The secret judge has reviewed all the Day 1 entries and here is what he has to say:
Interesting idea. I see the Sitepoint logo and backslash. It doesn't create a well-composed photo though, when looked at overall. At a glance, to someone without prior knowledge of the Sitepoint logo, the objects just look randomly placed.
For this competition I'd prefer a more organic and less abstract approach.
Fantastic composition skills, as expected from Datura.
Lovely visual balance; The items arranged in a triangle between the card, the handle of the magnifying glass, and the tape on the left side. The story of sending 4th of July via Express Mail is well expressed. Maybe less emphasis on "office supplies".
The photo is slightly blurry, perhaps because of a slow shutterspeed. You might consider resting down the camera of something sturdy, like a chair or on the table, or use brighter light so you can get away with a flaster shutterspeed.
Fun idea, albeit a little gimmicky. For this competition I'd prefer a more organic and less abstract approach; Something that looks as though it might be found in real life, but looking better than real life.
Nice try. Good lighting, good focus. Nice, straight angles. Well done there.
The crop is a little tight though, making the photo look choked up. Consider shooting from further away. Across the street, maybe. Or from the end of the parking lot.
"A webdesigner at work," clever idea there.
The items look a little too free-floating. Play with your composition, consider overlapping elements, and shooting a tighter angle to crop out all the empty space on the desk.
I love the use of a directional lightting, but try to get a more even lighting across your photo. Some areas on the left side are going too dark in relation to everything else.
Lovely idea of a nighttime shot to bring out the glowing signs.
Work on framing your photograph. Lower your angle slightly, and point a little more to your right, so you get that building filling up your entire frame.
Impressive collection of there, kaybee57.
A little off the topic of office supplies.
If you position yourself more directly in front of the bookcase, you'd be able to keep your lines straighter throughout the whole frame.
Good going, ParkinT. Good exposure, photo is on-topic. Loving the clouds in the window.
Consider the time of day you shoot, some parts of the day offer far better lighting than others. It can make something that would look dull or plain ordinarily, suddenly become stunning.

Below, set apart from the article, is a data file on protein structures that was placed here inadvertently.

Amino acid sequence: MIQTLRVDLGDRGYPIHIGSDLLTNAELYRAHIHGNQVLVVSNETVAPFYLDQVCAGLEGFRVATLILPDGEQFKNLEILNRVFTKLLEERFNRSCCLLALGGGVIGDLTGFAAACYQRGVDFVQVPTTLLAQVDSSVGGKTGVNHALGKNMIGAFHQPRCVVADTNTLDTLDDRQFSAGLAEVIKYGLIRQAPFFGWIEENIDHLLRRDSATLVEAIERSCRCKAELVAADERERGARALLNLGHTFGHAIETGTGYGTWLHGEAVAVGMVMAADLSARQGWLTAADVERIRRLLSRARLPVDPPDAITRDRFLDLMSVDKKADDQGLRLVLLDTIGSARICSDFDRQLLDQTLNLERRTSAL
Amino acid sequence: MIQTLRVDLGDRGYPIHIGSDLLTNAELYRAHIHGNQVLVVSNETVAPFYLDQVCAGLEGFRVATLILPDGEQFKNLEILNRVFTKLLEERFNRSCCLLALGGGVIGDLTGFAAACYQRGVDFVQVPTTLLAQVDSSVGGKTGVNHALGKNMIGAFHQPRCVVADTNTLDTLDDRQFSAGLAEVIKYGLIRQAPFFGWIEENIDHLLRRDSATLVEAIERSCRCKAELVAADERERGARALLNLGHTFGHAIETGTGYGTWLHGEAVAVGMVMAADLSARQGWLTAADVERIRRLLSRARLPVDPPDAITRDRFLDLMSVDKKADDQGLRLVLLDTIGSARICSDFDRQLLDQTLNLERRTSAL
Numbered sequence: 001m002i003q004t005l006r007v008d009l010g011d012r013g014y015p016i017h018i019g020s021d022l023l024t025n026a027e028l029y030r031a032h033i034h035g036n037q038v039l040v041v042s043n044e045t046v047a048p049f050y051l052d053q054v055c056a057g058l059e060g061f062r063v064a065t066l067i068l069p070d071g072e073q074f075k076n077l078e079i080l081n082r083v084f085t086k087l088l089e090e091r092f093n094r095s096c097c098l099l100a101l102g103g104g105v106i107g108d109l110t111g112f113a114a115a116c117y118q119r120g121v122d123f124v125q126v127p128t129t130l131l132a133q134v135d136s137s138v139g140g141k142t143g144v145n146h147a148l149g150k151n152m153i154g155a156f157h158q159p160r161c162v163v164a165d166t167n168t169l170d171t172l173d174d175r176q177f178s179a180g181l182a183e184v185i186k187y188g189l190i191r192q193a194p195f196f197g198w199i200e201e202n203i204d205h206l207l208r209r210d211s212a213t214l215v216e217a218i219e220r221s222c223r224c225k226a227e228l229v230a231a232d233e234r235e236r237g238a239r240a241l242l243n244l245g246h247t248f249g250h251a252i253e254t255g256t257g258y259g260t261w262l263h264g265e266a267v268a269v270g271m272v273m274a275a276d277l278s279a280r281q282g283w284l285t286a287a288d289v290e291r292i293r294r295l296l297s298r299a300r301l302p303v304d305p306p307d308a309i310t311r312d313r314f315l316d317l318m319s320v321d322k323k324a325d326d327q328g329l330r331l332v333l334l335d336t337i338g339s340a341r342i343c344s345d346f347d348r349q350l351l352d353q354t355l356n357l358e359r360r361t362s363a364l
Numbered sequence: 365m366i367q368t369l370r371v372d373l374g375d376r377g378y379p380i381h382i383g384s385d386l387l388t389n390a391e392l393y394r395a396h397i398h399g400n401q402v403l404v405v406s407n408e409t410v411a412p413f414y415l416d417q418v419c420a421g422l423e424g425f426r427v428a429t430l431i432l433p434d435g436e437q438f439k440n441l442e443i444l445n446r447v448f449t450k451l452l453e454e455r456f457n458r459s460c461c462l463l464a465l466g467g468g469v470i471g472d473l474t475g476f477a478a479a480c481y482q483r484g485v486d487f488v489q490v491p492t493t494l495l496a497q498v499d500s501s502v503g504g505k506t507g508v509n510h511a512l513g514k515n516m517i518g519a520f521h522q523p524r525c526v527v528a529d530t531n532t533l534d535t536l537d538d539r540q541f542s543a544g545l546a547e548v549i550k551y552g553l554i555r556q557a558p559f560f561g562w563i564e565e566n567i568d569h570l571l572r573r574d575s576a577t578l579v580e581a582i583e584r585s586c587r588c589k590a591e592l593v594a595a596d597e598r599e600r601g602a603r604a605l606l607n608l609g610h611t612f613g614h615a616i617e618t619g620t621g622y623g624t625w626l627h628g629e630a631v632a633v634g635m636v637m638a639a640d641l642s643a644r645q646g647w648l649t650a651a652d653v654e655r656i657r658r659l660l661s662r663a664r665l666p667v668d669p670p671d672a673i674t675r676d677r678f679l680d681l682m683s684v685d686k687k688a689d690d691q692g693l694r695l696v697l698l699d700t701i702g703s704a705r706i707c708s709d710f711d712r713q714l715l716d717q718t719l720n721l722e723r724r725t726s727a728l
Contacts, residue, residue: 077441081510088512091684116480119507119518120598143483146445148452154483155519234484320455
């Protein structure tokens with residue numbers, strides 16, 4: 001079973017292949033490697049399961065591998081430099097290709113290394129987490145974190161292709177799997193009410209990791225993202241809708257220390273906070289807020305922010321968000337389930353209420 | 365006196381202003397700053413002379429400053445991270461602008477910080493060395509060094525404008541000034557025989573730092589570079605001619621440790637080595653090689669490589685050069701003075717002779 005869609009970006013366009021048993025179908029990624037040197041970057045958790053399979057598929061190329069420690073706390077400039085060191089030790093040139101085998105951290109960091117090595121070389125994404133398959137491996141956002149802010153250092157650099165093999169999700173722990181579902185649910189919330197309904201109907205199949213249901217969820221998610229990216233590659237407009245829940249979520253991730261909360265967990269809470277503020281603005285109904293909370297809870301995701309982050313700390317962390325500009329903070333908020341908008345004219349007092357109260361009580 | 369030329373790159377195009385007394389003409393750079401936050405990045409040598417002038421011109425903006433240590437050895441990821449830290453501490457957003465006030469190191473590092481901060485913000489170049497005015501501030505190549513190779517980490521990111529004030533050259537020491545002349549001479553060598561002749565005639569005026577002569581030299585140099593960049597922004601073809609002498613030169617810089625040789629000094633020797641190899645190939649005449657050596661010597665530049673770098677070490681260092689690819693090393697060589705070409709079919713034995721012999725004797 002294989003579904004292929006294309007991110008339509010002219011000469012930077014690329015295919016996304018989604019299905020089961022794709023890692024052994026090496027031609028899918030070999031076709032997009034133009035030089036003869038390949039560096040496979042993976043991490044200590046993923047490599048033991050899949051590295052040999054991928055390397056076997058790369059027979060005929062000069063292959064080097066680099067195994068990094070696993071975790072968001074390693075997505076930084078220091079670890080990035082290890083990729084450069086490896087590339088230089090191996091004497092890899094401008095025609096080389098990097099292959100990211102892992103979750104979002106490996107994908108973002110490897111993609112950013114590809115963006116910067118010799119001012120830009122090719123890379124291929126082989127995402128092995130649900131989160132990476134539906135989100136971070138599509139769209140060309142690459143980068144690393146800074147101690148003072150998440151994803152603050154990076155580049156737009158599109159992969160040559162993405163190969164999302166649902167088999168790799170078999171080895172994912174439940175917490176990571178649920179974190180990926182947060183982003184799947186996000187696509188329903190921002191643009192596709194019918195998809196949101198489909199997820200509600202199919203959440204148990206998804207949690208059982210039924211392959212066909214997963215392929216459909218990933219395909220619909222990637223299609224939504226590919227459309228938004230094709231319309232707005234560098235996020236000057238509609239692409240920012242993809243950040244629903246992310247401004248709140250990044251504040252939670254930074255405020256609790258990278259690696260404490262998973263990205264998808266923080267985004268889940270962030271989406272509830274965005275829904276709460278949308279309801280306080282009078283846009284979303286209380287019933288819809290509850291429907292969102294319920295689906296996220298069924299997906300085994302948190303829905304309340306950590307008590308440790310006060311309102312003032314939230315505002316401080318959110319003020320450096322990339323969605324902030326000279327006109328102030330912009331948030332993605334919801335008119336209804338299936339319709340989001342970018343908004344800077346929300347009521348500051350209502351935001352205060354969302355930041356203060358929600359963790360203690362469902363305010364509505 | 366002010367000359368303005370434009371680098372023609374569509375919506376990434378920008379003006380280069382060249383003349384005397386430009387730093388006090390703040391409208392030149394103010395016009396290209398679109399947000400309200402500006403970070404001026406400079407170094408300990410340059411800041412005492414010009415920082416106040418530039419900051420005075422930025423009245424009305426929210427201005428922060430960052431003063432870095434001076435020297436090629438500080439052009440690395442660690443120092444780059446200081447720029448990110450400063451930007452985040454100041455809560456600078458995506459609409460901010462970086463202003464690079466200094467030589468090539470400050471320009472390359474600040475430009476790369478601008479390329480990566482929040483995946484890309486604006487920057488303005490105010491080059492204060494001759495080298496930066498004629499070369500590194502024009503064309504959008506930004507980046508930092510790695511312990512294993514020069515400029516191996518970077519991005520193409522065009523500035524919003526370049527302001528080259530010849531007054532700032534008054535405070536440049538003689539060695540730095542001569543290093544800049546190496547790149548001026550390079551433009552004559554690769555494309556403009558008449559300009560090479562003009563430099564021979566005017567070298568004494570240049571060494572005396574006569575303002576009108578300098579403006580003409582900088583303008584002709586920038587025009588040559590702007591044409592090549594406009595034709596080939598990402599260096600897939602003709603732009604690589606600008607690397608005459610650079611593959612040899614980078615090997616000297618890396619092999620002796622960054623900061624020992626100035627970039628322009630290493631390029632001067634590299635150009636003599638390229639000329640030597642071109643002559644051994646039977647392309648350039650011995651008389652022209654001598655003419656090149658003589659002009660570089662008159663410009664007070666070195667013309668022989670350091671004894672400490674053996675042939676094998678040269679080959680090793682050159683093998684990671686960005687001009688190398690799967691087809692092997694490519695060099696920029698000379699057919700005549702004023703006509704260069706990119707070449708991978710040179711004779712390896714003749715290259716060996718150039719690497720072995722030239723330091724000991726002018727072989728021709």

If you'd done this at sunset, for instance, with those orange clouds reflecting in the windows.
Evening shot with a longer exposure. It looks beautiful. I'm loving the glowing signs and that highlight off the front pillar.
Work on keeping your vertical lines and horizon straight. That can be corrected in an image editor, but best of all is to line them up as best you can while shooting.
Good experimentation with shooting angle.
The idea of "office suppies" is lost though, as the Ctrl key becomes the dominant idea of the photograph.
Play with a composition from scratch, rather than shooting what's already there.
Clearly this is a busy office!
The overall image looks a little dull though. Perhaps that is the lighting, the pop-up flash isn't doing you any favours. I'd prefer a composition set up from scratch. You can pile it on the same way to give the idea of "busy office", but you'd also have the freedom to move around and shoot from different directions to find what looks best.
Great! I like this a lot. Nice use of a wide-angle to give us that enormous field of view, and a very interesting subject that I find myself just staring into the photo to see all there is to see. Good going, keeping your vertical lines straight.
Work on your colour balance. You can adjust that in camera or with an image editor afterward.
Interesting idea. It's a little forced maybe, but interesting none-the-less.
Photo is on-topic, and good focus on the subjects. I'd love to see you try a more real-world-looking composition.
Interesting shadows. Is this Pizza Hut afterhours?
This photo makes me think of an airport more than a restaurant for some reason. Try shooting from different sides of the room. Maybe get more of the counter in, or food, or people eating, or dishes and wares. Elements like that will help add to communication of the idea that, "This is a place where people eat."
My favourites are Datura and simonnz. It's difficult to compare their two photos, as the topics are like comparing apples to bananas. Datura has outstanding compositional skills.
But today's prize goes to simonnz for his photo skills. Long depth of field, good sharpness throughout, and nice angle. Whether he shot this with a point and shooter or SLR, I think he can benefit a lot from the knowledge in the Photography for the Web book. I'm hoping he keeps at it, continues practicing, and hones what he already can do.